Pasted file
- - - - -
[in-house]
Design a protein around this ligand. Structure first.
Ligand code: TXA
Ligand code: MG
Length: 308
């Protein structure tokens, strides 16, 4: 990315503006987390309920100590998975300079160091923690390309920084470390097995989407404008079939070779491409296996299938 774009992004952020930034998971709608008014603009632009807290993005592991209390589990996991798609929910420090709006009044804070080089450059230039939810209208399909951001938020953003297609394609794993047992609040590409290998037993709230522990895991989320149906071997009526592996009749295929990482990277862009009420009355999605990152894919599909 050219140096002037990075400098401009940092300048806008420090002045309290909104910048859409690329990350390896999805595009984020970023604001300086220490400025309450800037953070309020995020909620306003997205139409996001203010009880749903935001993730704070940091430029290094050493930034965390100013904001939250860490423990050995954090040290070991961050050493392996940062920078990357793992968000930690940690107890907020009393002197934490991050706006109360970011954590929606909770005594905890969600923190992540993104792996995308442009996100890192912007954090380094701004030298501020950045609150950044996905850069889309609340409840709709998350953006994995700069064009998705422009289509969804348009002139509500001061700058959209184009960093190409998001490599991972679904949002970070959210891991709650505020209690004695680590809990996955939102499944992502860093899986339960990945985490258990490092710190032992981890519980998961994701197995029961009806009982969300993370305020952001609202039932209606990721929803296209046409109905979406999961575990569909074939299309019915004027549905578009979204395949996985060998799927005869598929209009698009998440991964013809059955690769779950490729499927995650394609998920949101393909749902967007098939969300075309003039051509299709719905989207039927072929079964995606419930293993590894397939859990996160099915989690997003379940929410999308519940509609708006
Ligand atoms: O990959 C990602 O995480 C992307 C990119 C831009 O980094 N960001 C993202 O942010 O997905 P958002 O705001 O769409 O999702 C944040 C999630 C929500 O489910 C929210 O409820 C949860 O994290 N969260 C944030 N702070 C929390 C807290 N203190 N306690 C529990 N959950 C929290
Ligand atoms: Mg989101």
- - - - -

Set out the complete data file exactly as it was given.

[in-house]
Design a protein around this ligand. Structure first.
Ligand code: TXA
Ligand code: MG
Length: 308
């Protein structure tokens, strides 16, 4: 990315503006987390309920100590998975300079160091923690390309920084470390097995989407404008079939070779491409296996299938 774009992004952020930034998971709608008014603009632009807290993005592991209390589990996991798609929910420090709006009044804070080089450059230039939810209208399909951001938020953003297609394609794993047992609040590409290998037993709230522990895991989320149906071997009526592996009749295929990482990277862009009420009355999605990152894919599909 050219140096002037990075400098401009940092300048806008420090002045309290909104910048859409690329990350390896999805595009984020970023604001300086220490400025309450800037953070309020995020909620306003997205139409996001203010009880749903935001993730704070940091430029290094050493930034965390100013904001939250860490423990050995954090040290070991961050050493392996940062920078990357793992968000930690940690107890907020009393002197934490991050706006109360970011954590929606909770005594905890969600923190992540993104792996995308442009996100890192912007954090380094701004030298501020950045609150950044996905850069889309609340409840709709998350953006994995700069064009998705422009289509969804348009002139509500001061700058959209184009960093190409998001490599991972679904949002970070959210891991709650505020209690004695680590809990996955939102499944992502860093899986339960990945985490258990490092710190032992981890519980998961994701197995029961009806009982969300993370305020952001609202039932209606990721929803296209046409109905979406999961575990569909074939299309019915004027549905578009979204395949996985060998799927005869598929209009698009998440991964013809059955690769779950490729499927995650394609998920949101393909749902967007098939969300075309003039051509299709719905989207039927072929079964995606419930293993590894397939859990996160099915989690997003379940929410999308519940509609708006
Ligand atoms: O990959 C990602 O995480 C992307 C990119 C831009 O980094 N960001 C993202 O942010 O997905 P958002 O705001 O769409 O999702 C944040 C999630 C929500 O489910 C929210 O409820 C949860 O994290 N969260 C944030 N702070 C929390 C807290 N203190 N306690 C529990 N959950 C929290
Ligand atoms: Mg989101």